Over the past century, significant changes have occurred culturally, economically and politically in the UK and aboard, with one of the biggest developments being the proliferation of technology and social media. These changes have created infinite new jobs and workforces, especially in the STEM (science, technology, engineering and maths) sector, and with many of these occupations having not existed until now, people are required to develop entirely new skill sets. The world is still continuing to change at a rapid pace, so how can we prepare Generation Z for their future careers and lives as well-rounded, adaptive adults?
The curriculum aims to prepare pupils for their futures and it does so successfully, however the future can be unpredictable, so arming our pupils with adaptable skills and resilience is equally as important.
However, lecture-style lessons are often demotivating and can prevent useful skills from being nurtured and developed; it’s also possible that limited knowledge is retained during these classes. Kinaesthetic learning, however, offers a solution, with pupils using applied, hands-on methods to explore topics and subjects. This gives them autonomy over their learning, engaging and inspiring learners, and enabling them to discover their potential.
Teamwork, confidence, communication, creativity and problem-solving, for example, are often called “soft” skills, a term which somewhat undermines the significance of them, yet they are skills that employees both past and present (and, almost certainly, future too) look for when recruiting. Hands-on learning also promotes the development of these life skills, as it encourages exploration and discovery, imagination and resilience. So, as teachers, we must bring as many opportunities for creativity and practical learning into the classroom as possible.
There is a wide range of hugely versatile educational resources with the ability to enrich the curriculum by enabling topics to be delivered using a ‘hands-on, minds-in’ approach. They often offer a number of guided and open-ended projects, so that pupils of every ability can achieve mastery over topics. For example, you might have a resource that challenge pupils to design a solution that alerts people to a natural hazard such as a thunderstorm. As part of the process, pupils consider elements of computing, science, design technology and programming in order to design a device or robot. Pupils then bring their creations to life using programming hardware and software, coding them to carry out specified actions.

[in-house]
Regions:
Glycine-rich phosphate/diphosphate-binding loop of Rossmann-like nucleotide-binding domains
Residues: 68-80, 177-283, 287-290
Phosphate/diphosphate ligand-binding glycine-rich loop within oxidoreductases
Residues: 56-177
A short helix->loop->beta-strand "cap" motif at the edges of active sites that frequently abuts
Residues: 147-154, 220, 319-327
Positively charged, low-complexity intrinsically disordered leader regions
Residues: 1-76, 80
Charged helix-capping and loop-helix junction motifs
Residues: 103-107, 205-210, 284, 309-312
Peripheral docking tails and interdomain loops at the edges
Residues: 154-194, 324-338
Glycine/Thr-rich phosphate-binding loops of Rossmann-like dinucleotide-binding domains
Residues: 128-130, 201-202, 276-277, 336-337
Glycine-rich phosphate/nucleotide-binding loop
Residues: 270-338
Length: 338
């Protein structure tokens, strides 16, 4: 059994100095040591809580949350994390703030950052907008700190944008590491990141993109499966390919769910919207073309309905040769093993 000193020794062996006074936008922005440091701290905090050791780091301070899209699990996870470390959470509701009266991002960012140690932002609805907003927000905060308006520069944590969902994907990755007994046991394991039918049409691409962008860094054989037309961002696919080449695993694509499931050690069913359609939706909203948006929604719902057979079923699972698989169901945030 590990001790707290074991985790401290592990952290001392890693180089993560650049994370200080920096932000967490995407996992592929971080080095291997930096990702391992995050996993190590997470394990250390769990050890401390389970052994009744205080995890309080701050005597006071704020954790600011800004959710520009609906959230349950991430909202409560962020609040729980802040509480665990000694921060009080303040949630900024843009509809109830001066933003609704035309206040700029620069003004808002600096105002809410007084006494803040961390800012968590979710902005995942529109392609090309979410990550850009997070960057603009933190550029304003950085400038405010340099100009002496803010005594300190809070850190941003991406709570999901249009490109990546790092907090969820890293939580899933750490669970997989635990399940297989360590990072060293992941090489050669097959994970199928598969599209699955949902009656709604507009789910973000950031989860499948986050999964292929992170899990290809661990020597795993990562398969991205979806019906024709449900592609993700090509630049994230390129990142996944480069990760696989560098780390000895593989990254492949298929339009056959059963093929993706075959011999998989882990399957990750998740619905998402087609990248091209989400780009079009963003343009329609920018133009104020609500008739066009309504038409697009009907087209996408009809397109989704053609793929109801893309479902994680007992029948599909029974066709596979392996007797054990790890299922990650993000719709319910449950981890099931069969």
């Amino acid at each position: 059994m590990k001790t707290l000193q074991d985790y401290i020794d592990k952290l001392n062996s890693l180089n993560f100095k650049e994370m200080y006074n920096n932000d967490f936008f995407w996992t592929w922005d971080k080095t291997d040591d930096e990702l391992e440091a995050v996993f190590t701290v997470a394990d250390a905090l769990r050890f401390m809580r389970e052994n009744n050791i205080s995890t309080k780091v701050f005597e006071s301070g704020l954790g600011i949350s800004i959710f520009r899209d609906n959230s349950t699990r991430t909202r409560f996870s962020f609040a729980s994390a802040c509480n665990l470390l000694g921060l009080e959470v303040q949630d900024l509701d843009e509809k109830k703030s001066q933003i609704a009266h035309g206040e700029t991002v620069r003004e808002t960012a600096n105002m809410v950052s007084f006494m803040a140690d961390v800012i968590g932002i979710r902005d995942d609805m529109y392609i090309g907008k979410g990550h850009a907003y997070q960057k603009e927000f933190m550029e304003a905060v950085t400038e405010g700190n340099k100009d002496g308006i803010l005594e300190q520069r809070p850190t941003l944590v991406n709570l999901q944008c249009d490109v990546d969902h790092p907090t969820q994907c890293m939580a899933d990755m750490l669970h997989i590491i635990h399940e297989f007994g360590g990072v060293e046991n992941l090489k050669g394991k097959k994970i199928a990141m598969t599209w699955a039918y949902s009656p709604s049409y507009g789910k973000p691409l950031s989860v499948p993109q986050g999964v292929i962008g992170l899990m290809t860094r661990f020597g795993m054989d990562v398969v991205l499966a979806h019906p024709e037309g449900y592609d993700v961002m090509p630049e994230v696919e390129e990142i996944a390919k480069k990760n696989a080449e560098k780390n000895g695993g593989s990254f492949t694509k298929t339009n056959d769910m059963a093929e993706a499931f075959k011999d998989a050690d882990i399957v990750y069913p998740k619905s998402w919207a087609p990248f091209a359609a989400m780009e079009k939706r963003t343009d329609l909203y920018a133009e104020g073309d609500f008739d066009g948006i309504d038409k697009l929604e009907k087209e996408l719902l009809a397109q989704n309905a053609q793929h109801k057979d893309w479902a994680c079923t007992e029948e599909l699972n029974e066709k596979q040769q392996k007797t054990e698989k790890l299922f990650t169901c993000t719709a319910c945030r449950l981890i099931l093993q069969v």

When pupils carry out this type of practical activity, they’re able to recognise and appreciate the real-world application of theories and, because the learning is independent, they feel inspired to use their imagination and knowledge to devise answers and explanations to hypotheses.
As a teacher, the moment when a lightbulb goes on in a pupil’s head – that ah-ha! moment – is so encouraging. Their idea may have real potential, but may not achieve the desired outcome, however the fact that they’ve been inspired to deliberate independently, and also have the confidence to do so, means that they’re becoming autonomous, flexible thinkers with the resilience to try and try again until the results are successful.
Effective teaching tools engage pupils and, more importantly, make learning fun, developing life skills that will help them as they progress through education and into the real world. They also often promote teamwork, providing a fantastic opportunity for pupils to learn from each other and increase their confidence and communication skills, as they all bring different strengths to the groups and must use these to develop solutions and determine answers.
It’s no secret that when children are interested and enthusiastic about learning, they learn more and they learn well, storing that all-important information in their long-term memory.
So, with the world constantly changing and evolving, developing intuitive, independent learners who have the ability to be creative, practical and excel at those all-important “soft” life skills ensures that, when the time comes and they enter the professional world, they are well-prepared and highly-skilled individuals.
To find out more, visit the LEGO Education website.